Tue, July 28, 2009 @ 7:54 PM

3. David Hamilton wrote:
To RavingFanPro: Each person has their own seperate motivation for planning. Something that ignites their imagination, and truly motivates and encourages a vision or purpose to their plan. A great plan, in turn, gives purpose to what and why they are building their estate in the present. Greatest sustaining factors are usually tied to lasting values such as family, faith,entreprenuralism, etc.. Passing winning values that make future generations successful and provide exceptional opportunities is usually the optimal goal. Having said all that, if your lead to do planning creates obvious excitement, it is very contagous and often your partner will follow.

Thu, August 6, 2009 @ 7:05 PM

4. Maria wrote:
It's good to read about a year in review. Make's me cnlmetpoate mine more and I appreciate that. Have to throw down respect to you and Andrea for running the independent businesses you both do. You guy's do what you do well. Keep it up.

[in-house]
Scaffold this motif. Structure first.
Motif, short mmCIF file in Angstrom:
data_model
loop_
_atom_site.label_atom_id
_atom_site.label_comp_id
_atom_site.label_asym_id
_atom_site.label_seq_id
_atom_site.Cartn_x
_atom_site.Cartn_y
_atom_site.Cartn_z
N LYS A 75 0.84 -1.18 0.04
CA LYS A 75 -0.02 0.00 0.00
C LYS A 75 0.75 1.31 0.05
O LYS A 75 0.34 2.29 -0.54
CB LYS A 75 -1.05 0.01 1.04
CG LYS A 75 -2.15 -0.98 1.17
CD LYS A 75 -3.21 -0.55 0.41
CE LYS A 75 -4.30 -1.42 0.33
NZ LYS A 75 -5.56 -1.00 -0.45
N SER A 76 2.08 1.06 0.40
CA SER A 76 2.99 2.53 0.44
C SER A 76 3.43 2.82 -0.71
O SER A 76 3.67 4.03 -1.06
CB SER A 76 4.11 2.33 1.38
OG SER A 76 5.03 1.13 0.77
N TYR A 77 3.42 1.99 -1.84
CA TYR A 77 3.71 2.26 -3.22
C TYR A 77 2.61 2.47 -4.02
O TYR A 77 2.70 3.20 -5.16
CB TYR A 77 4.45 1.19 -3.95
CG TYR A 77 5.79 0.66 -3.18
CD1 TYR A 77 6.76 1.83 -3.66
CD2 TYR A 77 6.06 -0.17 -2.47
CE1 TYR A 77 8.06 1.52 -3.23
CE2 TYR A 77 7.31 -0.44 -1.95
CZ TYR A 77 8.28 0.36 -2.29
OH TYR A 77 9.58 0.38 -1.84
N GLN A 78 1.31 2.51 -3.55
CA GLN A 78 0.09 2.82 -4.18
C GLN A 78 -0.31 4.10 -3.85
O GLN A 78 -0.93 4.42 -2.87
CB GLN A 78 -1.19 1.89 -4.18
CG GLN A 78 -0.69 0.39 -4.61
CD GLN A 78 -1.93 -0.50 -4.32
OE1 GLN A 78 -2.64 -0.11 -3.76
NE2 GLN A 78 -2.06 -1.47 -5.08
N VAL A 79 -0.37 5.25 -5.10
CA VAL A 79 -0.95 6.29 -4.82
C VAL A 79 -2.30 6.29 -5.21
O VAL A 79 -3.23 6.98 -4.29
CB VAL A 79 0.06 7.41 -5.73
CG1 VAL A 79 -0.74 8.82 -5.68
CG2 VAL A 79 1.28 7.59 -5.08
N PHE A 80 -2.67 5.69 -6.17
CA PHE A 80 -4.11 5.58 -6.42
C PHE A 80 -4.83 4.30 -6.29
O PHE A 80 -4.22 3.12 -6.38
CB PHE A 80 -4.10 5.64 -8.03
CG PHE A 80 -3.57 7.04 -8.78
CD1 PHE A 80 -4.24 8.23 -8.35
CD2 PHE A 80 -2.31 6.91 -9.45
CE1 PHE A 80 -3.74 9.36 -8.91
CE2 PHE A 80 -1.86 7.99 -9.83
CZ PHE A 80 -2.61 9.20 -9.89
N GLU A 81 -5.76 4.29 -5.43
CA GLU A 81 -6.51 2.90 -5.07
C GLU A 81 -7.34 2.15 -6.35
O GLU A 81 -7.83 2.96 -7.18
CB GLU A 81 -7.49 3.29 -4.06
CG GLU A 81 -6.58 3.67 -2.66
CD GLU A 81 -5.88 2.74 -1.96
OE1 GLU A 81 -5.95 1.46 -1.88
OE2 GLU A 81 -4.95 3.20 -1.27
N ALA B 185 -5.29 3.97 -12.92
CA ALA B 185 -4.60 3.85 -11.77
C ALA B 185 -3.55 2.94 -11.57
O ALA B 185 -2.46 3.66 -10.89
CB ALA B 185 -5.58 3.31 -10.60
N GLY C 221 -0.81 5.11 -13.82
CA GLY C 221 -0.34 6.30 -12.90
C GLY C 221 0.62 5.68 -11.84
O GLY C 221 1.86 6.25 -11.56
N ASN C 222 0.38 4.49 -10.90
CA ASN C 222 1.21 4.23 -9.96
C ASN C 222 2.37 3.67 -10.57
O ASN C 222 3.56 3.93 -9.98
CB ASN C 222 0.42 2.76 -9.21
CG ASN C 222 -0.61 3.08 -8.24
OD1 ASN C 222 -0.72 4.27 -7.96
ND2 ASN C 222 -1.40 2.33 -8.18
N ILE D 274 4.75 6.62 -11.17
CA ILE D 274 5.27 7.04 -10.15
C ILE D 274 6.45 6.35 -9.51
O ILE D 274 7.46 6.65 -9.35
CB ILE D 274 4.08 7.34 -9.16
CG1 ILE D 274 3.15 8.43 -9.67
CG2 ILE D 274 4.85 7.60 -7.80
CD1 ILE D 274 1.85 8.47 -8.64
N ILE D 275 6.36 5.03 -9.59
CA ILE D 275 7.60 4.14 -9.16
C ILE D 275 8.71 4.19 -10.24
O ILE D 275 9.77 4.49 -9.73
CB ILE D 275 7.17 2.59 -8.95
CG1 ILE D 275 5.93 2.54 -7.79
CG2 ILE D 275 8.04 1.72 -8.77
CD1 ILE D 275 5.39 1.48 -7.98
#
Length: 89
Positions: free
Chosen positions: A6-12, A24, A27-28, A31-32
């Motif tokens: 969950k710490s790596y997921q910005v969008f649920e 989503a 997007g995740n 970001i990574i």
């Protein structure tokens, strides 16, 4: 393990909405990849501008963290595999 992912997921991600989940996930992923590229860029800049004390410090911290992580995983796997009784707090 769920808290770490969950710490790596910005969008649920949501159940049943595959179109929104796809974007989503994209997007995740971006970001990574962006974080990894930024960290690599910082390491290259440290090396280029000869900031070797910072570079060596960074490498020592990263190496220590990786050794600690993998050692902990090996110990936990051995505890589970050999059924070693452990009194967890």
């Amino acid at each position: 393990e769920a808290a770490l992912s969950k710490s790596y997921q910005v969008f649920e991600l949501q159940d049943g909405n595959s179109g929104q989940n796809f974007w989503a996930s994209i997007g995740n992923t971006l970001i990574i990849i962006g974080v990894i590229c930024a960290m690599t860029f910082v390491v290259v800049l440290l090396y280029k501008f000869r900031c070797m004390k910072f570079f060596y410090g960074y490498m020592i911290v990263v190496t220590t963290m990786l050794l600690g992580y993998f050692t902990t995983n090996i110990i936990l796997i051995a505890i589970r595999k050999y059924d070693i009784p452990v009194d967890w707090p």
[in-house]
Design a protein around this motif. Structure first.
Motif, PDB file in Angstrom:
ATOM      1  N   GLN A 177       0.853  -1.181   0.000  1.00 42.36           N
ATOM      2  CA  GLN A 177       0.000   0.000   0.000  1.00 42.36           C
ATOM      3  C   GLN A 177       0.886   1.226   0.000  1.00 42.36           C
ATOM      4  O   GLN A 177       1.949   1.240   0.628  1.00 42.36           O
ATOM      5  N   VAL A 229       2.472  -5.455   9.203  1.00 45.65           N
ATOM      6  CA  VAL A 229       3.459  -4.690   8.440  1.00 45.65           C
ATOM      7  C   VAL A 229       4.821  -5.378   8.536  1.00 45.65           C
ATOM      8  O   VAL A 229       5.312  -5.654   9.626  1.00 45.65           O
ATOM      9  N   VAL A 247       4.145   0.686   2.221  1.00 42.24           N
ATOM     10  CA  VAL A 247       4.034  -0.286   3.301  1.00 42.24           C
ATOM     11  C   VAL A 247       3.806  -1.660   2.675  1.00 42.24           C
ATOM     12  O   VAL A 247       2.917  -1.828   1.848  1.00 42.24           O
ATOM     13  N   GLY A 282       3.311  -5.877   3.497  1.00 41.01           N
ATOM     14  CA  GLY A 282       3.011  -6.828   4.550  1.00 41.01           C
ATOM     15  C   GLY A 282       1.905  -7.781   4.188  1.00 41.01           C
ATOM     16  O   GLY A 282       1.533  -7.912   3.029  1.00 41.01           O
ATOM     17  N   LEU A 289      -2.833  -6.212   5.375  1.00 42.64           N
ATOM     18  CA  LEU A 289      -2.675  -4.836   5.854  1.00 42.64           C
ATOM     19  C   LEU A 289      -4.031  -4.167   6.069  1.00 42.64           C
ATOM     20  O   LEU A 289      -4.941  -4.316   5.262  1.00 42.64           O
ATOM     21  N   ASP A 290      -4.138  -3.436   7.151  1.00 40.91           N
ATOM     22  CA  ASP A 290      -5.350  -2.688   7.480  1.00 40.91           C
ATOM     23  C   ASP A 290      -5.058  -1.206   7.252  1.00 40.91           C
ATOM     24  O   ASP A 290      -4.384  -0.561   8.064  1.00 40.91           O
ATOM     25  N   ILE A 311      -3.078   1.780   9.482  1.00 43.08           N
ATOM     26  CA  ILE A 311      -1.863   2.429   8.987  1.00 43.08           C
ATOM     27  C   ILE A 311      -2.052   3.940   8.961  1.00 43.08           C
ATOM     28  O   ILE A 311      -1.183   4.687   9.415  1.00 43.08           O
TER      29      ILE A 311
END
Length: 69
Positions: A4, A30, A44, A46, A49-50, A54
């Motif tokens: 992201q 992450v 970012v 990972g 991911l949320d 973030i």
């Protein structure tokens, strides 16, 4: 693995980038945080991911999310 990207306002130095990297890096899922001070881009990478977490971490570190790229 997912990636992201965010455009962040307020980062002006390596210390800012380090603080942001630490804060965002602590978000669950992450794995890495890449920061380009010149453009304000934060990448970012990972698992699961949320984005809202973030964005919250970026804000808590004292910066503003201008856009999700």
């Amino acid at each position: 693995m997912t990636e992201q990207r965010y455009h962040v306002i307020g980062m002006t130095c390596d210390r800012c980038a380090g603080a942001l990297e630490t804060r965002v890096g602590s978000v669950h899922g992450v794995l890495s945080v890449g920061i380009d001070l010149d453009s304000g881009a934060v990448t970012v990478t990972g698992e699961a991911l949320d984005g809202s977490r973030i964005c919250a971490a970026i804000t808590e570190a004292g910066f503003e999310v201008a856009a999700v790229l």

Mon, November 30, 2015 @ 12:20 PM

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Founder and CEO of Diverse CTI.  Bachelor degree in ministry with an emphasis in counseling.

His vocational calling is to help people grow and develop in all areas of their person - spirit, soul, and body. He has risen to the top of his industry and has been recognised as a leader in communications, specifically telecommunications and data networking, for more than 25 years.  His passions have resulted in building Diverse CTI into an excellent company with an impecable reputation.  He has enjoyed designing communication strategies for other excellent companies over the past 25 years and is still having fun. Find out more about Tom!